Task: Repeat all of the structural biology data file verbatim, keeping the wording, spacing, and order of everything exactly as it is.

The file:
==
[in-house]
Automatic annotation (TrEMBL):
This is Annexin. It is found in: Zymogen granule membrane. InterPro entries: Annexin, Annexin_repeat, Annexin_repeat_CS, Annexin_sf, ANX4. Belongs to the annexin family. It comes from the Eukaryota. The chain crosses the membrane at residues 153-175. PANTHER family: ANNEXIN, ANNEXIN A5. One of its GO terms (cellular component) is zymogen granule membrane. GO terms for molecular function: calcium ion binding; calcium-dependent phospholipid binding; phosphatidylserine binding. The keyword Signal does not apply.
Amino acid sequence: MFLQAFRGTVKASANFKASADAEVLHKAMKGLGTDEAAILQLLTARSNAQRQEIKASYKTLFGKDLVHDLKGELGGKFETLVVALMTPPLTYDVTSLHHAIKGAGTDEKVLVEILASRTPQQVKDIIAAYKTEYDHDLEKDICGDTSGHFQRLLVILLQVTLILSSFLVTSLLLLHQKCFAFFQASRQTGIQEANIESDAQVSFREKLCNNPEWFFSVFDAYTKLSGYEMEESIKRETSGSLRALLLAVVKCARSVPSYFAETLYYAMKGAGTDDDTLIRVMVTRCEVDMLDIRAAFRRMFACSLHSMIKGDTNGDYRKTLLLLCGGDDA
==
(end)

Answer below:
[in-house]
Automatic annotation (TrEMBL):
This is Annexin. It is found in: Zymogen granule membrane. InterPro entries: Annexin, Annexin_repeat, Annexin_repeat_CS, Annexin_sf, ANX4. Belongs to the annexin family. It comes from the Eukaryota. The chain crosses the membrane at residues 153-175. PANTHER family: ANNEXIN, ANNEXIN A5. One of its GO terms (cellular component) is zymogen granule membrane. GO terms for molecular function: calcium ion binding; calcium-dependent phospholipid binding; phosphatidylserine binding. The keyword Signal does not apply.
Amino acid sequence: MFLQAFRGTVKASANFKASADAEVLHKAMKGLGTDEAAILQLLTARSNAQRQEIKASYKTLFGKDLVHDLKGELGGKFETLVVALMTPPLTYDVTSLHHAIKGAGTDEKVLVEILASRTPQQVKDIIAAYKTEYDHDLEKDICGDTSGHFQRLLVILLQVTLILSSFLVTSLLLLHQKCFAFFQASRQTGIQEANIESDAQVSFREKLCNNPEWFFSVFDAYTKLSGYEMEESIKRETSGSLRALLLAVVKCARSVPSYFAETLYYAMKGAGTDDDTLIRVMVTRCEVDMLDIRAAFRRMFACSLHSMIKGDTNGDYRKTLLLLCGGDDA